Whenever a young person dies in horrific, unexpected, and extreme circumstances, his or her parents, family, and close friends want answers: How did it happen? Why did it happen? Who is responsible?
Whatever questions they raise and whatever the answers to any or all of those questions, there is one uncomfortable certainty — they will not bring their loved one back.
That is the situation faced by the families of those who died in the fire at the Stardust ballroom, in Artane, Dublin, on Valentine’s Day in 1981.
The families have endured a life sentence of waiting to see someone prosecuted for the 48 deaths and wanting the cause of the fire to be put on record.
That is understandable but unlikely to happen, in the light of a report into the tragedy by retired judge Pat McCartan.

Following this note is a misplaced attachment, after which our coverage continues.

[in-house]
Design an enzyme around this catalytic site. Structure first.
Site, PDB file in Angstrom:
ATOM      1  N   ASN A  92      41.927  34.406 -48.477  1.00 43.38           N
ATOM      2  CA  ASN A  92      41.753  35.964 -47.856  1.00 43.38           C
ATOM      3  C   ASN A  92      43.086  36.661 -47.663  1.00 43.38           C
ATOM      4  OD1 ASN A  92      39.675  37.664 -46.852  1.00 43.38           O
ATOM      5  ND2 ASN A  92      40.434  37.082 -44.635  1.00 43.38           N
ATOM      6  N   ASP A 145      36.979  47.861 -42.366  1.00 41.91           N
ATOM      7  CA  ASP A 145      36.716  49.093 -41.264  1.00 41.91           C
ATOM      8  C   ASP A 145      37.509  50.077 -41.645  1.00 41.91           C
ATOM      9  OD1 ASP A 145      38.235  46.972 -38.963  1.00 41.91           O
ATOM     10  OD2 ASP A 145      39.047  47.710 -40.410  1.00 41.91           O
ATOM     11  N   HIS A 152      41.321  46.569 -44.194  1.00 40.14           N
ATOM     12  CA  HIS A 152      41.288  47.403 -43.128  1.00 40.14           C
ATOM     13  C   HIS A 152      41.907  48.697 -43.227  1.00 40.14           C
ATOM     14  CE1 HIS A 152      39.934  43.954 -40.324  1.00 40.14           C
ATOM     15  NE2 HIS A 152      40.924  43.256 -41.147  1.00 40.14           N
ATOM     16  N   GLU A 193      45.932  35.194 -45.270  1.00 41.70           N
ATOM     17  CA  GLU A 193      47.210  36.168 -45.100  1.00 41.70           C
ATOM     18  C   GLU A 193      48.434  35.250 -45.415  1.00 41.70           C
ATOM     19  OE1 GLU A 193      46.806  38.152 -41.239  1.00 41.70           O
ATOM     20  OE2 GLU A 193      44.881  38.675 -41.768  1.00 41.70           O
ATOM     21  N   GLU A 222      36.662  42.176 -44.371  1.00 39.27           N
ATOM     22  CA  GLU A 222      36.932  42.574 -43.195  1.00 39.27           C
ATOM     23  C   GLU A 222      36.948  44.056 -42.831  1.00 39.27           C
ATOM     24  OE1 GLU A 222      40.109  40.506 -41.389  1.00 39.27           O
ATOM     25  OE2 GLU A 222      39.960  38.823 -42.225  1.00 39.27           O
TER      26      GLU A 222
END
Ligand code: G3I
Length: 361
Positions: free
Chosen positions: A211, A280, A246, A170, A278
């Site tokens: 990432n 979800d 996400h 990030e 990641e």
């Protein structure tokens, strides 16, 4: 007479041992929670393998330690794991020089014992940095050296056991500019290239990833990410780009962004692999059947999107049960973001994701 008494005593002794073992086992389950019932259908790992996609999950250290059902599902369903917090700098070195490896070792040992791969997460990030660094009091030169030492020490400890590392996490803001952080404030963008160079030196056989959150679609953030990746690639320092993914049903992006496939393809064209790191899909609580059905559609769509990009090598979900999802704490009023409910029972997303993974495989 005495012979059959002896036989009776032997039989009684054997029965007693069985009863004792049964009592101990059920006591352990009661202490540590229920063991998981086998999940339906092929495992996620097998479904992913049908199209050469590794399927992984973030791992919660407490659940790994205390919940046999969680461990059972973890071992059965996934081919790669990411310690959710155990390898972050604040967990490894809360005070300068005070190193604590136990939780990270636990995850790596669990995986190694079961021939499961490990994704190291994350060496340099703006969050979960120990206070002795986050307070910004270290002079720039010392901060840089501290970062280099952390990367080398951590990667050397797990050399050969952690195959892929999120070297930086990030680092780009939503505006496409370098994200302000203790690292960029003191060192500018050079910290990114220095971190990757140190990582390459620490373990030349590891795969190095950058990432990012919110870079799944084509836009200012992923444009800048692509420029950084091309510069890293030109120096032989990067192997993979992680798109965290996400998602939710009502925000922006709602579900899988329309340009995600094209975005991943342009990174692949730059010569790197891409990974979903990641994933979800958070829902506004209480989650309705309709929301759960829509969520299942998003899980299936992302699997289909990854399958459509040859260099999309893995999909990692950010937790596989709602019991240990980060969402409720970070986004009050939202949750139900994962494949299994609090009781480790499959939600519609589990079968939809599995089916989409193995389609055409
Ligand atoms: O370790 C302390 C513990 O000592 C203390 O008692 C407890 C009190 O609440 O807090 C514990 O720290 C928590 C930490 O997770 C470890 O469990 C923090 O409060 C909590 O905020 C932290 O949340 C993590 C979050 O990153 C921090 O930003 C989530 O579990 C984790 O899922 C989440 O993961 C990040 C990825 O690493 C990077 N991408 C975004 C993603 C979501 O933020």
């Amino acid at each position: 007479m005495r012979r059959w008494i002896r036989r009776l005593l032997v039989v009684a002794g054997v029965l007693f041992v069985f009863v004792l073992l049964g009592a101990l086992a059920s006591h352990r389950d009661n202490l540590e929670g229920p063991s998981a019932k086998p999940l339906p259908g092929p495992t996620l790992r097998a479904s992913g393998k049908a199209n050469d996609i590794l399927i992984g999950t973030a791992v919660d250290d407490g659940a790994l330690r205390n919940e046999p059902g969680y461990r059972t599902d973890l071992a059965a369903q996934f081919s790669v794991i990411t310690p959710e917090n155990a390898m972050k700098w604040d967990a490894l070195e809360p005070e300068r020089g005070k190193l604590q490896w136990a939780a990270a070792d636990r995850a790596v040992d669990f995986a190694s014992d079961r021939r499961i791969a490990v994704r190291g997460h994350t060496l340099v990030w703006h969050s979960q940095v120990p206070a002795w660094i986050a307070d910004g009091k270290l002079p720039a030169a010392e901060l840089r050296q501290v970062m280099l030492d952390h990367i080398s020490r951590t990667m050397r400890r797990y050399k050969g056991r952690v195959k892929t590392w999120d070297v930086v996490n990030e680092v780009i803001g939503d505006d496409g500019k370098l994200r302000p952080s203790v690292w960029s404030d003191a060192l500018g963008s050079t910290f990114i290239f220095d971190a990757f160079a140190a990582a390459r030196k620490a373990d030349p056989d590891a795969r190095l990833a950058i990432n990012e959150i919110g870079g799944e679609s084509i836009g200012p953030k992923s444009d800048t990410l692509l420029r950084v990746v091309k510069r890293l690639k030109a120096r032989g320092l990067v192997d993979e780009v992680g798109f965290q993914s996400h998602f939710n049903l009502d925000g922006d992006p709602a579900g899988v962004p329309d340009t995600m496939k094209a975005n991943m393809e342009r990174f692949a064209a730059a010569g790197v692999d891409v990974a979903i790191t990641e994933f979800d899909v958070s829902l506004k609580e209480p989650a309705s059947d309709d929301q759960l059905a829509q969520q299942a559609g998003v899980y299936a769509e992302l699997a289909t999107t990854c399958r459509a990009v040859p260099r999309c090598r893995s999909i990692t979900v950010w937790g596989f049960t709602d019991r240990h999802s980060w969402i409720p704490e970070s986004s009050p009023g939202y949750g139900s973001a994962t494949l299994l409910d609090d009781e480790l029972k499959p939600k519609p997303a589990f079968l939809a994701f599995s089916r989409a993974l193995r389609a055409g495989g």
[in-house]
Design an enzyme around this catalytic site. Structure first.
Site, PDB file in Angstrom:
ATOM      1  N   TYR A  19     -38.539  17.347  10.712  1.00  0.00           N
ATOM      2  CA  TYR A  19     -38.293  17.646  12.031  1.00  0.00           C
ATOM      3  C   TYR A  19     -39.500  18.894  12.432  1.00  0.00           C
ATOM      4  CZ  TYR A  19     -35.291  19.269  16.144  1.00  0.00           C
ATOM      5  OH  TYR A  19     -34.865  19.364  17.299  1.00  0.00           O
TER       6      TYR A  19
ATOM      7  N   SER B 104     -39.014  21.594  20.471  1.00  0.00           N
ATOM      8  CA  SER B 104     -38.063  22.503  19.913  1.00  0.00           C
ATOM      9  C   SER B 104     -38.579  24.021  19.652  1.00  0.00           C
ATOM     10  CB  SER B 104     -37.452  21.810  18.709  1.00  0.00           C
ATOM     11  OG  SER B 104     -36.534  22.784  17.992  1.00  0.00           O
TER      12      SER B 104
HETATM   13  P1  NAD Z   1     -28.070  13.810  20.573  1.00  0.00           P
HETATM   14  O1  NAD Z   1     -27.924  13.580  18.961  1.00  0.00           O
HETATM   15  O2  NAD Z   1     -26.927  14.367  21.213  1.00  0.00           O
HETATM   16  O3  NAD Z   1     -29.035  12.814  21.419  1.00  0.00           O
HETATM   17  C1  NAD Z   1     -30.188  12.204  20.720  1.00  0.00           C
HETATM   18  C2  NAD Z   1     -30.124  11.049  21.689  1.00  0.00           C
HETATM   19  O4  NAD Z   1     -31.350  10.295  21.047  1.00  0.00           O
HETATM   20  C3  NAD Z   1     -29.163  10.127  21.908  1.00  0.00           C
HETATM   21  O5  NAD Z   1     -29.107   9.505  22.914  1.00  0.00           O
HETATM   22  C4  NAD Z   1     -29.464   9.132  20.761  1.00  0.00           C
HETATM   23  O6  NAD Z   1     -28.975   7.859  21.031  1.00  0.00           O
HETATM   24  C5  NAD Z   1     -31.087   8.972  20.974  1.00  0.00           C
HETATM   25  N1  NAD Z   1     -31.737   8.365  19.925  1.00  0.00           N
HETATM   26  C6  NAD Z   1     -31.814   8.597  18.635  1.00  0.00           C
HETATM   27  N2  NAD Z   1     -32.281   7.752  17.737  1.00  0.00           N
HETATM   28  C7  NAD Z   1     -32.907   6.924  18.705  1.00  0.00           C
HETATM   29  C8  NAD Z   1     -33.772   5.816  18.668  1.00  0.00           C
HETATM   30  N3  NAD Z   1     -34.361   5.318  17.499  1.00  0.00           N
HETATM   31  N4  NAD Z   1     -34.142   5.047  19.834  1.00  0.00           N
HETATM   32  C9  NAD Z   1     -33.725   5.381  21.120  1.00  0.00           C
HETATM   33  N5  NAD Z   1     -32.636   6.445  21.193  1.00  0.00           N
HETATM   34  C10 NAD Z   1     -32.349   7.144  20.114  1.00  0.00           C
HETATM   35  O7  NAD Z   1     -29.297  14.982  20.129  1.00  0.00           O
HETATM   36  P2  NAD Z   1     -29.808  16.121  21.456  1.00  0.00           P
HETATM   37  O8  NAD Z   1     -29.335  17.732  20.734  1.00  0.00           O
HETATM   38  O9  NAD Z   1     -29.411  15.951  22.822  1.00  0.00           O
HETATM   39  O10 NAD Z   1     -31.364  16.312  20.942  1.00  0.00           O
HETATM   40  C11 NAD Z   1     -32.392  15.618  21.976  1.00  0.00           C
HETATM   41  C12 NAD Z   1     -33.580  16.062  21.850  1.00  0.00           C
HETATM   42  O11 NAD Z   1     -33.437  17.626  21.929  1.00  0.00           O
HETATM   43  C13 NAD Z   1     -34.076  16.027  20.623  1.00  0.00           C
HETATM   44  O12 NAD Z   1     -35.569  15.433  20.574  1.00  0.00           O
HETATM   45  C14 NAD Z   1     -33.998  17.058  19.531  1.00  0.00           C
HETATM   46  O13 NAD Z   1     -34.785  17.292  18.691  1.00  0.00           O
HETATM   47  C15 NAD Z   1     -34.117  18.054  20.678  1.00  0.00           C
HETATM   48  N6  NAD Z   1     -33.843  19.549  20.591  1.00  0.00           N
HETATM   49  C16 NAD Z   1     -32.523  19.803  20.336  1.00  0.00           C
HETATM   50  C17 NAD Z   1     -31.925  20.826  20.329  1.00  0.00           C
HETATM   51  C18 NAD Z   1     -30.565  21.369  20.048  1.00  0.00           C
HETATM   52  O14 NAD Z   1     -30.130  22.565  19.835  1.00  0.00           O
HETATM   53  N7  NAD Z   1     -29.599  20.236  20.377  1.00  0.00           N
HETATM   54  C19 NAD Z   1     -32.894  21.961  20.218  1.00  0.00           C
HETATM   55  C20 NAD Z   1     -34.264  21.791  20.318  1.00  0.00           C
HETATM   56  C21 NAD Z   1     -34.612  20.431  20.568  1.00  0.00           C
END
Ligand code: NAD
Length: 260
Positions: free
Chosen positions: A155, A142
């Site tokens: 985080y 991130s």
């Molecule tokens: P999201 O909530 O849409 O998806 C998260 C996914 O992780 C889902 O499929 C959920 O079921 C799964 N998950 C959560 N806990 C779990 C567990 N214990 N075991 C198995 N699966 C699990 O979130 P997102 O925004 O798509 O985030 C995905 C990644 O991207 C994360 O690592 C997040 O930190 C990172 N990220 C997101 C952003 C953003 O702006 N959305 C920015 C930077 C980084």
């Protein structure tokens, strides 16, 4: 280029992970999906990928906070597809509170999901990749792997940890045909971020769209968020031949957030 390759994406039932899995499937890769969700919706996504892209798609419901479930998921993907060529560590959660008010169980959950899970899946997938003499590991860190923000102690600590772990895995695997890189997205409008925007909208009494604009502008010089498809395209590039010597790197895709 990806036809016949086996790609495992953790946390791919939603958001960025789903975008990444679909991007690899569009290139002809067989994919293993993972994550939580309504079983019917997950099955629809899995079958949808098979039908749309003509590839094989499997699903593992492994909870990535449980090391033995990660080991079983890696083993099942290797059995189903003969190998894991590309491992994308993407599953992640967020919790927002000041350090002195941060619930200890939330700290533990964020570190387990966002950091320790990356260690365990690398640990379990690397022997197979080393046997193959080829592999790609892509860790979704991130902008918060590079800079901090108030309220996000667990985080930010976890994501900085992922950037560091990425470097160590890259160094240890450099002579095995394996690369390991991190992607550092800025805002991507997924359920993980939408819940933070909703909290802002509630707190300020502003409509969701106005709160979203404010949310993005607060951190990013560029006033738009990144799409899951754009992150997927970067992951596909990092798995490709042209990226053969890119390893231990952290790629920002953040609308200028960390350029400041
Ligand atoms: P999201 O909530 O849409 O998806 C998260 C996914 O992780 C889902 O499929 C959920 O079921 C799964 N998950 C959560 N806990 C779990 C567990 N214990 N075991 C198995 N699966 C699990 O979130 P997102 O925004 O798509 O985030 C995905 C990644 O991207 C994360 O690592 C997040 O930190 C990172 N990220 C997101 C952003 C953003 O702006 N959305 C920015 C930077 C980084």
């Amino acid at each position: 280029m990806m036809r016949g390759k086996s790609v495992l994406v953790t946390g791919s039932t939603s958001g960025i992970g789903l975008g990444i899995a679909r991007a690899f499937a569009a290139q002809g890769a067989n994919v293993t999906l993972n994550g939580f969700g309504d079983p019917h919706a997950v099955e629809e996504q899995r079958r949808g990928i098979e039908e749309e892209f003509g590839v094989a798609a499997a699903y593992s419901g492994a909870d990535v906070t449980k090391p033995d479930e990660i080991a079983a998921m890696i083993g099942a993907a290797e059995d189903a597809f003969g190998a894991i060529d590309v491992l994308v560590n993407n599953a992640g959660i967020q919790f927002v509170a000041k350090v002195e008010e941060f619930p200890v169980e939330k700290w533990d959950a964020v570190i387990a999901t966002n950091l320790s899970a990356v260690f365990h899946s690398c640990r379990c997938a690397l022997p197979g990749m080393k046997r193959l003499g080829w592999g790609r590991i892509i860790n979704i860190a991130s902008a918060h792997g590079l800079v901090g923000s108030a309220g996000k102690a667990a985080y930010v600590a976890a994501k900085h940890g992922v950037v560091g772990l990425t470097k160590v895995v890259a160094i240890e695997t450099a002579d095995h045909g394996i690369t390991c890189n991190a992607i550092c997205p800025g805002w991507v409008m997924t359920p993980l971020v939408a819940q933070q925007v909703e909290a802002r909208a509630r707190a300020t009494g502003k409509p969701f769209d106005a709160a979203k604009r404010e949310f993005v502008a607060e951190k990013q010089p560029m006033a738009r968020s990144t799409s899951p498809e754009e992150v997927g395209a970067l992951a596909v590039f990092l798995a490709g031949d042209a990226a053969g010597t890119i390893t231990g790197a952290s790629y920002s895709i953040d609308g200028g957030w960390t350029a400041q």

The cause of the fire has never officially been established and his assessment has found no new or compelling evidence to justify a new inquiry.
This report is likely to inform the Cabinet’s decision on whether there should be a commission of investigation into the fire.
The families of the victims of the Stardust tragedy have said they reject the McCartan report, but they cannot ignore the fact that it was a thorough, fair-minded, and truly independent assessment of the evidence available.
Sometimes, tragically, there are no answers.
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